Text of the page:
Many people with migraines experience depression at some point in their life, which can be a significant problem if left unchecked. That is because persistent pain can lead to depression and make it harder to cope with daily life. Depression may make you feel hopeless, helpless, and worthless. It can also be painful to think about the future or carry out daily activities such as going to work or school.
Thankfully, patients have some options to relieve and manage clinical depression. Your doctor will help decide what medications or procedures are best for you based on how grave your symptoms are and their usual duration.
If you have any suicidal thoughts (thoughts about harming yourself), contact your doctor right away so they can make sure you get proper care right away.
If your symptoms don't go away in a few days or if they come back quickly, it's essential to see your doctor. Here are some signs that you should be wary of:
Reach out to a doctor or your trusted chiropractor for migraines for a comprehensive patient care plan if you notice any of the items enumerated above.
When it comes to healing migraines, you'll find that there are many options out there. But the two most popular among patients are:
Over-the-counter medications are known to be the faster way to address migraine pains. These medications aim to relax the inflamed part of the brain and block pain pathways that trigger migraine attacks. You may take them through nasal spray, pills, or shots.
Upper cervical chiropractic care is the natural and drug-free route to managing and addressing migraine pains. The technique helps you achieve noticeable relief through gentle adjustments that relieve tension in muscles and joints, leading to reduced anxiety levels. There has even been some evidence suggesting that upper cervical chiropractic care may help patients with depression.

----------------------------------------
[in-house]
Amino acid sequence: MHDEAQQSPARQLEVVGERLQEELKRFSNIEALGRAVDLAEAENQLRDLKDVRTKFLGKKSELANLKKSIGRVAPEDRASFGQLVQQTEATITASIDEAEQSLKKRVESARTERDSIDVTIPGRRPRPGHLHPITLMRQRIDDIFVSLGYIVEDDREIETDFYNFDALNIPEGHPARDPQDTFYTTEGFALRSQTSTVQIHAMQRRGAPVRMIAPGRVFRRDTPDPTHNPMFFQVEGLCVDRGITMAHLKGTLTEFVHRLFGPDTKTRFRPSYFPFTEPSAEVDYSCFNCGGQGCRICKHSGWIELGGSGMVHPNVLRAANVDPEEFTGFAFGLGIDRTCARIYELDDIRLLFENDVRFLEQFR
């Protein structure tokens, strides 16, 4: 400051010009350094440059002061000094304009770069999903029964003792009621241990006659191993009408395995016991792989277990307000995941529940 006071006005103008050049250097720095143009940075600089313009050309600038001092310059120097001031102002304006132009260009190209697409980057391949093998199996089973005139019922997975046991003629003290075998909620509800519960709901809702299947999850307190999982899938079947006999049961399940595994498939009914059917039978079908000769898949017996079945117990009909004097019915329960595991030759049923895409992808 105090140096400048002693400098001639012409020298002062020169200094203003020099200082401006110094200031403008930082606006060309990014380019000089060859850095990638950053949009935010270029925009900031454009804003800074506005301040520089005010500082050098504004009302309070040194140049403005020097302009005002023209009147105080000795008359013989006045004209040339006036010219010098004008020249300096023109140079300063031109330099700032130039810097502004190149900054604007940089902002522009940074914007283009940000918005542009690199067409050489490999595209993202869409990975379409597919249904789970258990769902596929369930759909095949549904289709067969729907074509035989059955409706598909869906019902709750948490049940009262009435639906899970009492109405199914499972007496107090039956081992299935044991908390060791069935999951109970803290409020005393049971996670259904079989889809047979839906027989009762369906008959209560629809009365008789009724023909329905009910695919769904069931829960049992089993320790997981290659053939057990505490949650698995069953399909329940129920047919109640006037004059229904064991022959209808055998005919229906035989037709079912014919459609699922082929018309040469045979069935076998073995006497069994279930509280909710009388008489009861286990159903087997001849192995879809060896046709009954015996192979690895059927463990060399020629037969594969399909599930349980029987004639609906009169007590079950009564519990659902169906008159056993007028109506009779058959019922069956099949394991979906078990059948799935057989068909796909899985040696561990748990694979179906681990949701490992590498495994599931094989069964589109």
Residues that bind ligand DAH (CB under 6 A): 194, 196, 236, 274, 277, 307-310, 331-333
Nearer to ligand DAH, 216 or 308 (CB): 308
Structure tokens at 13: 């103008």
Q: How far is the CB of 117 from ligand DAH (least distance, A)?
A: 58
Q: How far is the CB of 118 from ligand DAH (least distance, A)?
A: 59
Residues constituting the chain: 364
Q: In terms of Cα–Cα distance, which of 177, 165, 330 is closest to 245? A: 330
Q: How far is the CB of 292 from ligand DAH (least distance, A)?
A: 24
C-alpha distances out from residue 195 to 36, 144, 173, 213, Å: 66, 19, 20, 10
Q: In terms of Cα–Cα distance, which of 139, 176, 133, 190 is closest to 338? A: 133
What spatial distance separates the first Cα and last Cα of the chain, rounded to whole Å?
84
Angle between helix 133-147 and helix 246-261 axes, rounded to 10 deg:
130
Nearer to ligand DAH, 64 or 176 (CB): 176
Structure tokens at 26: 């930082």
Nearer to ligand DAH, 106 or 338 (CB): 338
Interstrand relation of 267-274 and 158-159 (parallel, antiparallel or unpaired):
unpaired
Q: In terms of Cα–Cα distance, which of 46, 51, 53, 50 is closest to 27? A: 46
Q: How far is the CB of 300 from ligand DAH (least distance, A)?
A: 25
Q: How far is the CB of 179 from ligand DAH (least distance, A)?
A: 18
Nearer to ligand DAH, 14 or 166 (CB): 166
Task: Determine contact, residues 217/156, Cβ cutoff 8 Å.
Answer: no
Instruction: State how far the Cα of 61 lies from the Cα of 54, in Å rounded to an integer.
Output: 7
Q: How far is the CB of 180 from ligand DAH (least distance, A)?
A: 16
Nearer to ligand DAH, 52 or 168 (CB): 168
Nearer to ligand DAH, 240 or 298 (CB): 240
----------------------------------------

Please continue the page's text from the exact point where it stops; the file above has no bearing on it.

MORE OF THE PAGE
A chiropractor for migraines aims to help patients improve their overall health and wellbeing by working directly with the cervical spine to encourage proper nerve function, alleviate pain and restore balance in your nervous system.
Each migraine sufferer who seeks upper cervical chiropractic care receives tailored-fit care plans based on the severity of the neck bone misalignments and other structural discrepancies. So if you think this might be a good option for your situation or would like more information on what it involves, we encourage you to locate a chiropractor for migraines near you from our UCA Doctors' Directory. The directory is extensive and will help you find the essential clinic information of all the trusted upper cervical chiropractors in the United States.
The content and materials provided in this web site are for informational and educational purposes only and are not intended to supplement or comprise a medical diagnosis or other professional opinion, or to be used in lieu of a consultation with a physician or competent health care professional for medical diagnosis and/or treatment. All content and materials including research papers, case studies and testimonials summarizing patients' responses to care are intended for educational purposes only and do not imply a guarantee of benefit. Individual results may vary, depending upon several factors including age of the patient, severity of the condition, severity of the spinal injury, and duration of time the condition has been present.